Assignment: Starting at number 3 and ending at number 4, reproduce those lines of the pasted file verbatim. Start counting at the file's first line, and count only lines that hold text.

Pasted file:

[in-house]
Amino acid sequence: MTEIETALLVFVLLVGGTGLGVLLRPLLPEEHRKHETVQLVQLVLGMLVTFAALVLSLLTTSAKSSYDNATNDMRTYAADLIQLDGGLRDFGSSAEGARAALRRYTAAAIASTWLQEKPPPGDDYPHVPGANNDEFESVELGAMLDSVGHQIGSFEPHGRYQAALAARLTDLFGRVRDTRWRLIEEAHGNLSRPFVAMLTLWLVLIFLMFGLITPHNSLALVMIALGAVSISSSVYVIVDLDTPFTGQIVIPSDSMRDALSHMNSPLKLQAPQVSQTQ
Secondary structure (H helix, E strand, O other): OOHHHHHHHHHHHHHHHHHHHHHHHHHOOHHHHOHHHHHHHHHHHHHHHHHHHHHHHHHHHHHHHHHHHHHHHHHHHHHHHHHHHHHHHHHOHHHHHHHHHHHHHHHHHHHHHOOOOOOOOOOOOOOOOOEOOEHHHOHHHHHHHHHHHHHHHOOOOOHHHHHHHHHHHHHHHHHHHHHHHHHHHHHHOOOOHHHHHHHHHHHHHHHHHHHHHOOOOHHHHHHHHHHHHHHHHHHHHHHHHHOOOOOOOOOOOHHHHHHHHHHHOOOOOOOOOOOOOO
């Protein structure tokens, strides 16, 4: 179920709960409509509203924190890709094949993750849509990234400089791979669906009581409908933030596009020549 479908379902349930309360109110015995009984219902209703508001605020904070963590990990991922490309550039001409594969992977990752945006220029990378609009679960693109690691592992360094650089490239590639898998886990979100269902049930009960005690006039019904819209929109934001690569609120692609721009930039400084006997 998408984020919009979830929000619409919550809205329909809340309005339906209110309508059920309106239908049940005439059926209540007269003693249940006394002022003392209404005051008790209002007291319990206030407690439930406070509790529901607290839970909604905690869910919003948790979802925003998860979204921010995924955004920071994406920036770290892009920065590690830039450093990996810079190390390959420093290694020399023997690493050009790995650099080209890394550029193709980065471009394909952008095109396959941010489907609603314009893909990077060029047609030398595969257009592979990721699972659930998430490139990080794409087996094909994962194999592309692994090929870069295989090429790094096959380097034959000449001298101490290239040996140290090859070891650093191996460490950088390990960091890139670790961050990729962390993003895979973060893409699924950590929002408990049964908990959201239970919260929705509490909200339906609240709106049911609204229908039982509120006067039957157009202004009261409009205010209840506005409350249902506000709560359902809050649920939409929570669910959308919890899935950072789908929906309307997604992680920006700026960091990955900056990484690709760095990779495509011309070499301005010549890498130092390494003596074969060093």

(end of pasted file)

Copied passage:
Secondary structure (H helix, E strand, O other): OOHHHHHHHHHHHHHHHHHHHHHHHHHOOHHHHOHHHHHHHHHHHHHHHHHHHHHHHHHHHHHHHHHHHHHHHHHHHHHHHHHHHHHHHHHOHHHHHHHHHHHHHHHHHHHHHOOOOOOOOOOOOOOOOOEOOEHHHOHHHHHHHHHHHHHHHOOOOOHHHHHHHHHHHHHHHHHHHHHHHHHHHHHHOOOOHHHHHHHHHHHHHHHHHHHHHOOOOHHHHHHHHHHHHHHHHHHHHHHHHHOOOOOOOOOOOHHHHHHHHHHHOOOOOOOOOOOOOO
């Protein structure tokens, strides 16, 4: 179920709960409509509203924190890709094949993750849509990234400089791979669906009581409908933030596009020549 479908379902349930309360109110015995009984219902209703508001605020904070963590990990991922490309550039001409594969992977990752945006220029990378609009679960693109690691592992360094650089490239590639898998886990979100269902049930009960005690006039019904819209929109934001690569609120692609721009930039400084006997 998408984020919009979830929000619409919550809205329909809340309005339906209110309508059920309106239908049940005439059926209540007269003693249940006394002022003392209404005051008790209002007291319990206030407690439930406070509790529901607290839970909604905690869910919003948790979802925003998860979204921010995924955004920071994406920036770290892009920065590690830039450093990996810079190390390959420093290694020399023997690493050009790995650099080209890394550029193709980065471009394909952008095109396959941010489907609603314009893909990077060029047609030398595969257009592979990721699972659930998430490139990080794409087996094909994962194999592309692994090929870069295989090429790094096959380097034959000449001298101490290239040996140290090859070891650093191996460490950088390990960091890139670790961050990729962390993003895979973060893409699924950590929002408990049964908990959201239970919260929705509490909200339906609240709106049911609204229908039982509120006067039957157009202004009261409009205010209840506005409350249902506000709560359902809050649920939409929570669910959308919890899935950072789908929906309307997604992680920006700026960091990955900056990484690709760095990779495509011309070499301005010549890498130092390494003596074969060093």